THE TOPLINE: The White House on Thursday requested $30 billion more in defense spending for fiscal year 2017.
The money would pay for the fight against the Islamic State in Iraq and Syria (ISIS), more equipment across the services and other items considered urgently needed.
"The appropriations request seeks to address critical budget shortfalls in personnel, training, maintenance, equipment, munitions, modernization, and infrastructure investment," budget Director Mick Mulvaney wrote in an outline sent to Congress. "The request is a first step in investing in a larger, more ready, and more capable force."
A large portion of the supplemental request -- $24.9 billion -- would be added to the base defense budget, requiring a change to the budget cap law and making the request's prospects in Congress unclear.
The remaining $5.1 billion would go toward a war fund known as the Overseas Contingency Operations (OCO) account.
Read the rest here.
Trump released his budget blueprint for fiscal 2018 on Thursday. That proposal calls for a $54 billion boost in defense spending, offset by sharp cuts to domestic spending.
For more on the budget proposal, click here.
Click here for five takeaways from Trump's first budget.
MCCAIN: TRUMP BUDGET CAN'T PASS SENATE: The Trump administration also dropped it's first budget blueprint for fiscal 2018 on Thursday. But Sen. John McCainJohn McCainMcCain says he hasn't met with Trump since inauguration Overnight Defense: General warns State Department cuts would hurt military | Bergdahl lawyers appeal Trump motion | Senators demand action after nude photo scandal Senate lawmakers eye hearing next week for Air Force secretary: report MORE (R-Ariz.) quickly poured cold water on the proposal and said it won't pass the Senate.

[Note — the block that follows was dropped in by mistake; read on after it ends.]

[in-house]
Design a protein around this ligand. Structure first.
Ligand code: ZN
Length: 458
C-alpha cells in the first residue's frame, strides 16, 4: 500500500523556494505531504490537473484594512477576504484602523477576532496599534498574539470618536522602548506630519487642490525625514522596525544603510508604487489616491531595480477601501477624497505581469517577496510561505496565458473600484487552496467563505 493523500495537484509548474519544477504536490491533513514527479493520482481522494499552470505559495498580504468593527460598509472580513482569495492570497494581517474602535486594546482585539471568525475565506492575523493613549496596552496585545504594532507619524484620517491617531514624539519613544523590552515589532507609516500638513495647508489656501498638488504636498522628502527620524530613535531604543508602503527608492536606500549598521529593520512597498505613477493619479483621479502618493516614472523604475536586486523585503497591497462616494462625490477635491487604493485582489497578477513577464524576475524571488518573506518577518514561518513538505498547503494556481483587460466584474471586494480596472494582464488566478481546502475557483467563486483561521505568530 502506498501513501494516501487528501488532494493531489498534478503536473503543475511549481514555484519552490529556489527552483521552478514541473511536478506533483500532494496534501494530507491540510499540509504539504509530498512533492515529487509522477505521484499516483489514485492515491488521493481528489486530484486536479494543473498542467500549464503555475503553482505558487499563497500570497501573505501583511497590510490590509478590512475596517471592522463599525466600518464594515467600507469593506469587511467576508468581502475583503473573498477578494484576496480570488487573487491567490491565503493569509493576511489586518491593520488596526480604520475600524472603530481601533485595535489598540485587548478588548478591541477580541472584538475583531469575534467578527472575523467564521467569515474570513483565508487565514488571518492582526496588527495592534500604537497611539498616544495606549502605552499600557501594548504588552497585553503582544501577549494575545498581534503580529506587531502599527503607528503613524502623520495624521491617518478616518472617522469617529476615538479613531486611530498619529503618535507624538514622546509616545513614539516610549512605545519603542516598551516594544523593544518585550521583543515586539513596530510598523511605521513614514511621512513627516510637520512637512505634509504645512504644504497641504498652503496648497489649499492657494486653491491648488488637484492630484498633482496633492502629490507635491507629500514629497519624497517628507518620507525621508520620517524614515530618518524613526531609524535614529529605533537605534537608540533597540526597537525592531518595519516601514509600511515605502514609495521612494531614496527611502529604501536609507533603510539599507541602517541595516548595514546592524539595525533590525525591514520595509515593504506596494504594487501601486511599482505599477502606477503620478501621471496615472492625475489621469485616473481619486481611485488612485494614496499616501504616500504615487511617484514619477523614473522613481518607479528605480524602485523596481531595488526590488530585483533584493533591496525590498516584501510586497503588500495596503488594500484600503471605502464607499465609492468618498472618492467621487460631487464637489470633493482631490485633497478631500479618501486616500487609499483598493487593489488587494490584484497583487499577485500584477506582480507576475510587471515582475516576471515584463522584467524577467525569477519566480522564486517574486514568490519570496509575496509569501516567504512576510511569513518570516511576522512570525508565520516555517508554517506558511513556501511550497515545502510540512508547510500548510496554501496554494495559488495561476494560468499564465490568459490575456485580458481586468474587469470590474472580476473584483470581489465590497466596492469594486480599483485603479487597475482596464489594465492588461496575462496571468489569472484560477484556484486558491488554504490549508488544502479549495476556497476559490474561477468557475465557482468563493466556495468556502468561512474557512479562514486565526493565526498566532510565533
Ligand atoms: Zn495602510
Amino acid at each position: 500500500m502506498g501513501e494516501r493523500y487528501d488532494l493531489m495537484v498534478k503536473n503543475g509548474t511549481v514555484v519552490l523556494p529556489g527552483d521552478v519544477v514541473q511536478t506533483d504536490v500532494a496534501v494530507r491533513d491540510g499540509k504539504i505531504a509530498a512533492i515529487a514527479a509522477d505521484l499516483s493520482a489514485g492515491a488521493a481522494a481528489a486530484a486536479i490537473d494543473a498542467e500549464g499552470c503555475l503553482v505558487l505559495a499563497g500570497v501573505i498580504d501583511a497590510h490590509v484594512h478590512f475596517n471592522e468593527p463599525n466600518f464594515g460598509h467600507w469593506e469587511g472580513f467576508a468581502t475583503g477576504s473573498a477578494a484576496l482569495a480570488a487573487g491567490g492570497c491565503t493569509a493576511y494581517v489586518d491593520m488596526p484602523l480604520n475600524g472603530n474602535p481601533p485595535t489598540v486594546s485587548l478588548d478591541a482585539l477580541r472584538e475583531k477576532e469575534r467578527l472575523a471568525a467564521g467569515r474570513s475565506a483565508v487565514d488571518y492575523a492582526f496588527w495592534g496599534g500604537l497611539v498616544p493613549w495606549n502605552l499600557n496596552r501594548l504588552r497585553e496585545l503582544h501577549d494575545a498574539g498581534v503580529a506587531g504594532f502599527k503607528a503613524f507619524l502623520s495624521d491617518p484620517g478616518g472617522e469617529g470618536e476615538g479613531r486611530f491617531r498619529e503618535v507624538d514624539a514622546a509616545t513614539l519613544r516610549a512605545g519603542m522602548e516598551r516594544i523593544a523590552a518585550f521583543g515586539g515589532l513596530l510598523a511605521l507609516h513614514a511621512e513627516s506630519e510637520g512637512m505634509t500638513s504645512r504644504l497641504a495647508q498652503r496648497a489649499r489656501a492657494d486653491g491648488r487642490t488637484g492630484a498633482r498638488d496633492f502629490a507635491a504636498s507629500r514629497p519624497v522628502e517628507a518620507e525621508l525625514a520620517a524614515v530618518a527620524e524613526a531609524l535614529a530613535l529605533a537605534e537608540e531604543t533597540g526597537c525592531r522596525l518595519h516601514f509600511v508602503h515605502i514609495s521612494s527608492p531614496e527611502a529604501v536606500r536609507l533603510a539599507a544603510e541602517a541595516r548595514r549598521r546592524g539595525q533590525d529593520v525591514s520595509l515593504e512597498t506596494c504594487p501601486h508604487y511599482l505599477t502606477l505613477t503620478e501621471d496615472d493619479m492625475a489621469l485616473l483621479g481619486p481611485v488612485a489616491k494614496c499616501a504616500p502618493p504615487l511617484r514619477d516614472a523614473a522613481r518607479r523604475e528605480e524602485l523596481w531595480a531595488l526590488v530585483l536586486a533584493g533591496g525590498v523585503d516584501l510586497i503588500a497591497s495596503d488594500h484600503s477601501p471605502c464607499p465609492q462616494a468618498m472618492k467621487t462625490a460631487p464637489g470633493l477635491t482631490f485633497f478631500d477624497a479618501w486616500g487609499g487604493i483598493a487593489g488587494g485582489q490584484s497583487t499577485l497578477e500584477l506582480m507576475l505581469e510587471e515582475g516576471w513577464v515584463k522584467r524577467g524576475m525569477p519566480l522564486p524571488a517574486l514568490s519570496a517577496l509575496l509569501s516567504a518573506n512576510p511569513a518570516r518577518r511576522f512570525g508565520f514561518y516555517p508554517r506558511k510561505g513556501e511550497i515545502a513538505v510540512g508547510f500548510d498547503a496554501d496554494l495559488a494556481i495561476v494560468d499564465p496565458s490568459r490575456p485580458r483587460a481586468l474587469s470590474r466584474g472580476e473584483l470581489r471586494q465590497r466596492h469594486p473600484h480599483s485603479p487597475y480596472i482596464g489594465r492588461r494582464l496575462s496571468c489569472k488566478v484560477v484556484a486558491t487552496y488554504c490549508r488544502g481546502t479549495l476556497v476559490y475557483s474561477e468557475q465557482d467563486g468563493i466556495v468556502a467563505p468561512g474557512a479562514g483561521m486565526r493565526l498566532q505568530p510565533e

"It is clear that this budget proposed today cannot pass the Senate," the Armed Services Committee chairman said in a statement.
McCain added that as lawmakers work on funding the government, they must come up with a deal "that provides sufficient funds to rebuild the military."
Trump's budget included $603 billion for total defense spending, which includes money outside of the Pentagon, plus an extra $65 billion in overseas contingency funding that is not subject to budget caps.
But McCain argued that the baseline budget for repealing the 2018 fiscal year needs to be at least $640 billon and that lawmakers should start working on defense funding for the rest of the current fiscal year, which expires at the end of September.
The Hill's Jordain Carney has more here.
TRUMP NOMINATES BOEING VP, FIVE OTHERS FOR TOP PENTAGON ROLES: President Trump on Thursday nominated a top Boeing executive to be the second-highest-ranking civilian at the Pentagon.
Trump announced Patrick Shanahan's nomination to be deputy Defense secretary, along with nominations for five other Pentagon roles, beginning to fill offices that have sat empty since his inauguration.
Shanahan –who has been Boeing's senior vice president for supply chain and operations since April - will take over the deputy post from Bob Work, who served in the Obama administration and has stayed on in an interim role until his replacement could be put in place.
Other nominations announced include the director of Cost Assessment and Program Evaluation (CAPE) and principal deputy under secretary of Defense, comptroller.
Read more here.
DEM BILL LOOKS TO TACKLE 'REVENGE PORN' IN MILITARY: Rep. Jackie Speier (D-Calif.) unveiled a bill Thursday to close a loophole in military law that could allow some perpetrators of the Marines' nude-photo-sharing scandal to go unpunished.
"I am furious, I am saddened, and I am frustrated by how we have got to this point," Speier said.
Speier's bill is in response to "Marines United," a 30,000-member Facebook page on which service members allegedly shared nude photos and personal information of female Marines and veterans.
The Uniform Code of Military Justice (UCMJ) currently makes taking nude photos without consent a punishable crime, but the nonconsensual sharing of private photos, often called "revenge porn," is not considered a crime in the military.
Speier's bill would make such activity a punishable crime under the UCMJ.
Read more here.
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